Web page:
Public Transportation Seats Might Have Bed Bugs On Them

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It's no secret that public transportation is an ideal way to combat gridlock and reduce greenhouse gas emissions from cars. However, if you sit down on the bus or subway on the regular, the gross things on public transportation seats might make you vow to never put your butt on a seat again. This is especially true if you live in Los Angeles or Chicago where metro and el trains sport seats made of fabric, which are more difficult to keep clean.

If you'd rather live in denial, I totally support that, and you should stop reading right now because the Los Angeles Times reported that these seats are home to bed bugs, lice, urine, food, and dangerous bacteria. Despite being cleaned daily, and dry cleaned often, with more than a million trips a day, fabric seats are almost impossible to keep germ free.

In fact, one regular Los Angeles Metro rider told the Times that he hasn't sat down on the train since a bed bug crawled from a seat onto his lap. "Sometimes you’re tired, or you don't feel good, and you just want to sit down," perfume designer and visual artist Chris Rusak said. "But you know what? It isn’t worth it."

He's right. If standing on the train can reduce your chances of bringing home bed bugs, do it. After all, 20 minutes of standing is a small price to pay to avoid months of anxiety and expensive pest-control treatments because a bed bug hitched a ride on your belt loop.

Another metro rider told the Times that she got lice after her hair long hair touched a seat. The story also noted that one rider reported witnessing a Metro employee place a paper towel on a seat before sitting down. It's kind of like when the employees of a restaurant won't eat the food. Obviously they know something you don't, and it's probably best to follow their lead.

Throwback psychedelic-looking fabric-covered seats are designed to disguise dirt and stains, which is why they look like the carpet used in Las Vegas casinos. And while fabric seats are certainly the grossest, germs and pests can cling to plastic and vinyl seats too.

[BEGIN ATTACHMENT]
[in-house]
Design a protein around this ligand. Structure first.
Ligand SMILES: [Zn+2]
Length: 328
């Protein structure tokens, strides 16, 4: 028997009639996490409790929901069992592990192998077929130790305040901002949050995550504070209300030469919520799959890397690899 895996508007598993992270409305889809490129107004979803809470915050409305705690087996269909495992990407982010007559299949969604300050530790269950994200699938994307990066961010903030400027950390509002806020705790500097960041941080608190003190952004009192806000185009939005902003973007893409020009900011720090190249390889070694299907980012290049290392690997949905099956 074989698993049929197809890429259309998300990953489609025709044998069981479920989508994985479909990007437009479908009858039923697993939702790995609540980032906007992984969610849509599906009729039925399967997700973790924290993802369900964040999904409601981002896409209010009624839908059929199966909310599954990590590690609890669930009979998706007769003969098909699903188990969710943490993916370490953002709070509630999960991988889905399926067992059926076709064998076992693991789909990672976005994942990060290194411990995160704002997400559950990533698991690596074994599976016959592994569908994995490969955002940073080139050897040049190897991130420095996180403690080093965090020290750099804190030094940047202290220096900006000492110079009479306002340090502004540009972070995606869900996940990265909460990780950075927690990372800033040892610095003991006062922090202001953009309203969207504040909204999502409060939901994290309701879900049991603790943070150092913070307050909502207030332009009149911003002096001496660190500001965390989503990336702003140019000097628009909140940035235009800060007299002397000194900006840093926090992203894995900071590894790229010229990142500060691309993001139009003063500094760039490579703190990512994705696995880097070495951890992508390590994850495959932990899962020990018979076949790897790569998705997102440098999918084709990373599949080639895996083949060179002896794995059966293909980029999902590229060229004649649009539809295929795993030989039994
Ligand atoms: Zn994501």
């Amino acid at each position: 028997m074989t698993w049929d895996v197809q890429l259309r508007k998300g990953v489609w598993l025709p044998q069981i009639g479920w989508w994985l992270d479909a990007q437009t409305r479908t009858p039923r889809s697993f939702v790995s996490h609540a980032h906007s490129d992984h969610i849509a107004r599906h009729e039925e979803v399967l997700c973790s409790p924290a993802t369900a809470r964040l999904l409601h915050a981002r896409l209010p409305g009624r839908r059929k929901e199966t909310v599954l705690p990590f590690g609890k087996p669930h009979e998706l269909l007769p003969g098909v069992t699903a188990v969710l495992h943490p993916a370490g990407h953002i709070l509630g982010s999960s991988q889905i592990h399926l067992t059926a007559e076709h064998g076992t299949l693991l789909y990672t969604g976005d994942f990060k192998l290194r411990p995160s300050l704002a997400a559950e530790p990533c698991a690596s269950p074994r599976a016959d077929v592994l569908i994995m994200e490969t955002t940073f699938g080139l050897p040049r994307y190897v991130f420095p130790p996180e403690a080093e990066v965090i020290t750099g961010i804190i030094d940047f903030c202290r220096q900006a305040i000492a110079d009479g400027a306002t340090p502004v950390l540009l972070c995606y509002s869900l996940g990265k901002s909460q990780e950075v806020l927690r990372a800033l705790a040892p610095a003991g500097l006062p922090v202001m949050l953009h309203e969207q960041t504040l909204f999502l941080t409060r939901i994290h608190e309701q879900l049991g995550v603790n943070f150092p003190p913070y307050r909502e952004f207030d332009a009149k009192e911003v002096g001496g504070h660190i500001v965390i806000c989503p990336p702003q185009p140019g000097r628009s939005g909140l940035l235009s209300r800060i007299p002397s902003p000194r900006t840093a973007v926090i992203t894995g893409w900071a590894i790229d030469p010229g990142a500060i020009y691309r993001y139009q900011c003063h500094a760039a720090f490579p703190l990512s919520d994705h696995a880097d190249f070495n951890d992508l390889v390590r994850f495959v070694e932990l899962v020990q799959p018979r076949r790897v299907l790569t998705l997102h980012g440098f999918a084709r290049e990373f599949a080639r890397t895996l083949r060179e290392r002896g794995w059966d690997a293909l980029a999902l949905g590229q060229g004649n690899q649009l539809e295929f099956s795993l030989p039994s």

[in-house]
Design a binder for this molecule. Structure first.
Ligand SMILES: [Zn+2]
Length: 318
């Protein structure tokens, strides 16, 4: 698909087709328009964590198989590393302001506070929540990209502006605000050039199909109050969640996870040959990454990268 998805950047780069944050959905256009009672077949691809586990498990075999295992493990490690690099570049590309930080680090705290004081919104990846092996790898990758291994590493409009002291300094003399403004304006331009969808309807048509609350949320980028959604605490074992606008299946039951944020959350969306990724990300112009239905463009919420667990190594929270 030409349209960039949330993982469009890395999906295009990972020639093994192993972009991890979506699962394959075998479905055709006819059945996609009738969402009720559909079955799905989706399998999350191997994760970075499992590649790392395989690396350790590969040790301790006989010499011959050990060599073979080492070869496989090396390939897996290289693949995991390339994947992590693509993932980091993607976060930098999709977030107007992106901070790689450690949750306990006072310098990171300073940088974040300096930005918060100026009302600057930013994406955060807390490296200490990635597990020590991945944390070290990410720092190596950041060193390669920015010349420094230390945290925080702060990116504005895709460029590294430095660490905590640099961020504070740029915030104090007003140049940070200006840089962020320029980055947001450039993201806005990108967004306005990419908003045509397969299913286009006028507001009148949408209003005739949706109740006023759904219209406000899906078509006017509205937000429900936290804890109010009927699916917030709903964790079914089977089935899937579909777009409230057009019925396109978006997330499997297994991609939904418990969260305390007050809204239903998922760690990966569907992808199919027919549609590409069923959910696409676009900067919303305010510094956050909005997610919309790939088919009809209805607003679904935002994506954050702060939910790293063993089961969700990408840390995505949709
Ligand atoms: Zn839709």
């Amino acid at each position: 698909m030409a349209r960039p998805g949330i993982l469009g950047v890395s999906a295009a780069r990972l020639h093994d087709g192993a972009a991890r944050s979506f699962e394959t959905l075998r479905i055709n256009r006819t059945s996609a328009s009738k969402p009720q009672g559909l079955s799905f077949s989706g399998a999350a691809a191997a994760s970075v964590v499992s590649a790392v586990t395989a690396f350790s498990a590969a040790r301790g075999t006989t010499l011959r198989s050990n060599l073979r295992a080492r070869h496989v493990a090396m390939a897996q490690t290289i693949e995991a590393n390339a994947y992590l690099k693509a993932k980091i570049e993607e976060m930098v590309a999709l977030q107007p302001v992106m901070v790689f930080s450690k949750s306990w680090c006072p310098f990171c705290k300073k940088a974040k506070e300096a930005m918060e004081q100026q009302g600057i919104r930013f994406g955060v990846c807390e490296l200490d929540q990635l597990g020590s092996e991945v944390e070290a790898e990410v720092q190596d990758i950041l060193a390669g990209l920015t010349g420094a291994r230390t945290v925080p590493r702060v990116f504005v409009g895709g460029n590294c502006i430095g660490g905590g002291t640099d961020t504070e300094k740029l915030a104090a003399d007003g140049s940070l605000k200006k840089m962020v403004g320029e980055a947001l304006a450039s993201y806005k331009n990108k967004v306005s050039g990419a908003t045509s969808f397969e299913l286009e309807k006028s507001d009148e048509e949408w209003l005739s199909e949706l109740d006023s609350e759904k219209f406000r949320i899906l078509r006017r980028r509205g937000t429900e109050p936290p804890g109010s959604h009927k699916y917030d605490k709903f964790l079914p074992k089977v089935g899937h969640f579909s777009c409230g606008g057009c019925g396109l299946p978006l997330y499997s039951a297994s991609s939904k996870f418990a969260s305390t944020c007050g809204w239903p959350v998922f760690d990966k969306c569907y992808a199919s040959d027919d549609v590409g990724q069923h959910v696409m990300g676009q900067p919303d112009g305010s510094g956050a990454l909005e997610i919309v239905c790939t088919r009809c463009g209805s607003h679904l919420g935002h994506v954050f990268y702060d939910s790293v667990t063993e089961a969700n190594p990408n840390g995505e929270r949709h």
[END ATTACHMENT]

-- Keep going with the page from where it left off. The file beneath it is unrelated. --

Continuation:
A study from Travelmath found that the New York City Subways system is home to more mold and dangerous bacteria, which can cause skin infections and pneumonia, than any other city in the U.S. This makes sense because New Yorkers take public transport more often than residents of other cities. And more people equals more germs.

In the study of several cities, New York was the most bacteria ridden, San Francisco came in second, Chicago third, and Washington, D.C. fourth. (If you've ever ridden the metro in D.C. then you know it's the unicorn of public transportation and has strict rules about what you can bring on board, which might account for its low levels of bacteria.)

In another study, a global team of scientists launched an initiative to get a snapshot of the bacterial ecosystem aboard public transportation, The Sydney Morning Herald reported. While they concluded that most of the bacteria is harmless, that doesn't mean it isn't gross. The study found that 20 percent of bacteria present in the New York City Subway system came from genitals — the result of improper hand washing and farting. Seriously.

Other bacteria came from the human gastrointestinal tract and human skin. Because subway trains tend to be jerky, it's pretty difficult to stand the entire time without holding onto the handrail, which is why proper hand washing is so important. What's more, you should also clean your phone after riding public transportation because it's pretty likely that you touched something gross on the train and then started scrolling through social media thus transferring those germs to your digital bestie.

Other germ ridden forms of transport include buses, taxis, and airplanes. Specifically airplane tray tables, which probably aren't wiped down after every flight. If you're super grossed out, Travelmath said that common sense is the best defense against germs on public transportation.

"Avoid touching surfaces if you can help it, keep your hands away from your face and out of your pockets to avoid spreading germs, and wash your hands as soon as you arrive at your destination." Additionally, it's a good idea to carry alcohol wipes with you when flying so you can wipe down the tray table and the touch screen before choosing your in-flight movie. Because, the germs on public transportation are sick AF, and not in a good way.